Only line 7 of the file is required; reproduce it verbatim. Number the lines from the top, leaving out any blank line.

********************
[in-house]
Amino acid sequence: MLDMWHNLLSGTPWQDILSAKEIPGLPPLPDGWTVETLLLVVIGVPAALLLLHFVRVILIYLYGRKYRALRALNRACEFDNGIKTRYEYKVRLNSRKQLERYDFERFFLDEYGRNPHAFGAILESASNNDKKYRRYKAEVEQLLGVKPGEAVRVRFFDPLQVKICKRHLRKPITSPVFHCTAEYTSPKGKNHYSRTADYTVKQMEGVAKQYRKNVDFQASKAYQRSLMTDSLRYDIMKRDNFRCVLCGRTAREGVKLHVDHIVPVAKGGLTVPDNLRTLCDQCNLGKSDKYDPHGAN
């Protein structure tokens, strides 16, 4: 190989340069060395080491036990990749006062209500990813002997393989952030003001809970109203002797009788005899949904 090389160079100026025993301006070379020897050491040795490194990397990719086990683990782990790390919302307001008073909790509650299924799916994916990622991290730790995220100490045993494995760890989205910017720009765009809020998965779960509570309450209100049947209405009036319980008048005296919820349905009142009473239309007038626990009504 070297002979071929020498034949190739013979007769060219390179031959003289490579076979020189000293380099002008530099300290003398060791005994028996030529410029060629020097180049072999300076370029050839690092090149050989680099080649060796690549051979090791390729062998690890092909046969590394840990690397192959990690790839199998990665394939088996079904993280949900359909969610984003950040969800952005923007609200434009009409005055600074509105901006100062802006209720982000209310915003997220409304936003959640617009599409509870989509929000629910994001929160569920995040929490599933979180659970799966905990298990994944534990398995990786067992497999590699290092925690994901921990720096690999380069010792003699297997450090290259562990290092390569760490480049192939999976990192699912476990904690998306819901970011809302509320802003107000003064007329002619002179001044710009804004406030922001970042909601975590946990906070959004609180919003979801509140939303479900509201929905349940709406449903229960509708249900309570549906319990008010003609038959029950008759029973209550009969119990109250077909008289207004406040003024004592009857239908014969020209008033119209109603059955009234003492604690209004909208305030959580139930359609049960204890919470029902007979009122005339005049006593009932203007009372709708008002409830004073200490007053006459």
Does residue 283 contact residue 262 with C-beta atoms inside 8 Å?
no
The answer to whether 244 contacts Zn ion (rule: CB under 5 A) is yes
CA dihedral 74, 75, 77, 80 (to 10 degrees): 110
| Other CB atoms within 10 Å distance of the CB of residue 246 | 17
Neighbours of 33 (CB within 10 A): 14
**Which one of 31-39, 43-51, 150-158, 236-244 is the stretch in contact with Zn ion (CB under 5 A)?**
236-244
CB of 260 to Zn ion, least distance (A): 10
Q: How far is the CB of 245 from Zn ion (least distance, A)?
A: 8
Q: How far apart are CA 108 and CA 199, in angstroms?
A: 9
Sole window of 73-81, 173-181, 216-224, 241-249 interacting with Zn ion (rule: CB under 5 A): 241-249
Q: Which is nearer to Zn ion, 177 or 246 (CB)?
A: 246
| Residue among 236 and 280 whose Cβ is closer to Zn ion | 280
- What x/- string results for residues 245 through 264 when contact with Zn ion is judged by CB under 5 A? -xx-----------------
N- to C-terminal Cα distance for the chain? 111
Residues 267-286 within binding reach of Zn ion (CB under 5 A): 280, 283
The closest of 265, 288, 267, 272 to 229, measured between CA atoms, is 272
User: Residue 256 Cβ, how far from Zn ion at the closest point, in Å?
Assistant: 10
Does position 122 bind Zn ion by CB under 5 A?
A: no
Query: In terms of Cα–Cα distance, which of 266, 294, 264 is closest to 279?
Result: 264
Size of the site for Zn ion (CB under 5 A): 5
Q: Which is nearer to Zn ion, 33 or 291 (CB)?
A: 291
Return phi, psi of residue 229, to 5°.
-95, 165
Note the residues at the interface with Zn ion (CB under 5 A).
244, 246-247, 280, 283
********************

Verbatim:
CA dihedral 74, 75, 77, 80 (to 10 degrees): 110